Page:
NPR’s loathing of the Fox News Channel surfaced again on Wednesday’s Morning Edition. In a campaign story, correspondent Brian Naylor announced “Mitt Romney went to the friendly confines of the Fox News Channel yesterday afternoon in another round of damage control.”
But NPR and Naylor didn’t identify the David Letterman show as the “friendly confines of CBS,” just as they didn’t try that last week in three mentions of Obama slamming Romney in the latest Steve Kroft softball clip. Cavuto asked Romney if he insulted the voters, and if he was losing the race. That’s somehow more notably “friendly” than Letterman bowing deeply to Obama: “180 looks good on you.”
In a “friendly” article to Obama at Time magazine’s website, Lily Rothman wrote “the appearance was pretty much like a stump speech with prompts from Letterman and commercial breaks.” So how is that not the “friendly confines”? It appears Naylor is simply trying to tell NPR listeners that Fox News isn’t a serious news outlet, not as serious as the Letterman show.
Host Steve Inskeep declared “President Obama appeared on another late night program and offered his evaluation of Romney.” Naylor also had no modifier:
NAYLOR: Last night, at a taping of "Late Night with David Letterman" on CBS, Mr. Obama acknowledged, in his words: We all make mistakes.
BARACK OBAMA: There are not a lot of people out there who think they're victims. There are not a lot of people who think that they're entitled to something.
NAYLOR: He then added...
OBAMA: We've got some obligations to each other, and there's nothing wrong with us giving each other a helping hand, so that if there's a - that single mom's kid, even after all the work she's done, still can't afford to go to college?
Then Naylor briefly referred to Obama’s old clip proclaiming his socialist belief in the redistribution of wealth, but Naylor dismissed it and ran no soundbite of the remarks. Instead, he ended his one-sided story will a roundup of Republican Romney critics:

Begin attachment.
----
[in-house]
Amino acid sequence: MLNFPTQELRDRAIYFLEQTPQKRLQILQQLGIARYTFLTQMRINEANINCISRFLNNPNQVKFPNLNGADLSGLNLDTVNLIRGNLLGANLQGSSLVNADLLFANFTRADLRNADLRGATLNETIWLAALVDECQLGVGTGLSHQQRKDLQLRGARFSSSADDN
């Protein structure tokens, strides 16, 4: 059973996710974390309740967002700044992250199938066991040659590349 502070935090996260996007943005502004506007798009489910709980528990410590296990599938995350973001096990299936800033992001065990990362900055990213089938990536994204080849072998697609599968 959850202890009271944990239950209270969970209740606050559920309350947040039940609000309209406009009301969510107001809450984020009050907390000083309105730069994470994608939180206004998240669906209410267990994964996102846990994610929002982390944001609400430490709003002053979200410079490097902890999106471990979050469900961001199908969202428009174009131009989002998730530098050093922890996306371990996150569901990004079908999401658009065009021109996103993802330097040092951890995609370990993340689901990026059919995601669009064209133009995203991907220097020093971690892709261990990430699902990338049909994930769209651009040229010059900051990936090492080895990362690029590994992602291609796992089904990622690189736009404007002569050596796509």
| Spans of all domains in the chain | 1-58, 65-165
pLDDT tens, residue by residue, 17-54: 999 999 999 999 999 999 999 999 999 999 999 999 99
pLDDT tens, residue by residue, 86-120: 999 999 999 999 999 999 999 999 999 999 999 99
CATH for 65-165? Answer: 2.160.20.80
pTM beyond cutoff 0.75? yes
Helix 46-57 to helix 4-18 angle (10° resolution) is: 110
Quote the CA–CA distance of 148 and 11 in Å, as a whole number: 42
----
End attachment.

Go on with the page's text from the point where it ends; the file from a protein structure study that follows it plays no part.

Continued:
NAYLOR: The Romney campaign also tried to change the subject yesterday. It pointed to an old 1998 audiotape of then-State Senator Barack Obama talking about his belief in redistribution. The Obama campaign shot back that dredging up of the 14-year-old tape was evidence of the Romney camp's desperation.
Republican political consultant Ed Rogers says the flap over Romney's remarks is not doing the GOP nominee any good.
ED ROGERS: Some people are going to be angry. Some people are going to be puzzled. The people that agree with what he had to say are already for him. So he didn't get any new votes. He didn't break any new ground. He didn't solidify any old support. It's a waste of time. It's unfortunate.
NAYLOR: And at least two GOP Senate candidates running in Democratic-leaning states - Senator Scott Brown of Massachusetts and Linda McMahon in Connecticut - distanced themselves from Romney, Brown saying: That's not the way I view the world.
By the way, Naylor also had no label (like "unfriendly" or "left-wing") for Mother Jones magazine. "Romney's original comments came last spring, at a Florida fundraiser. They were surreptitiously recorded and obtained by Mother Jones magazine, which made the entirety of his comments available yesterday on its website." This, obviously, was an error: Mother Jones left a chunk of its Romney video out.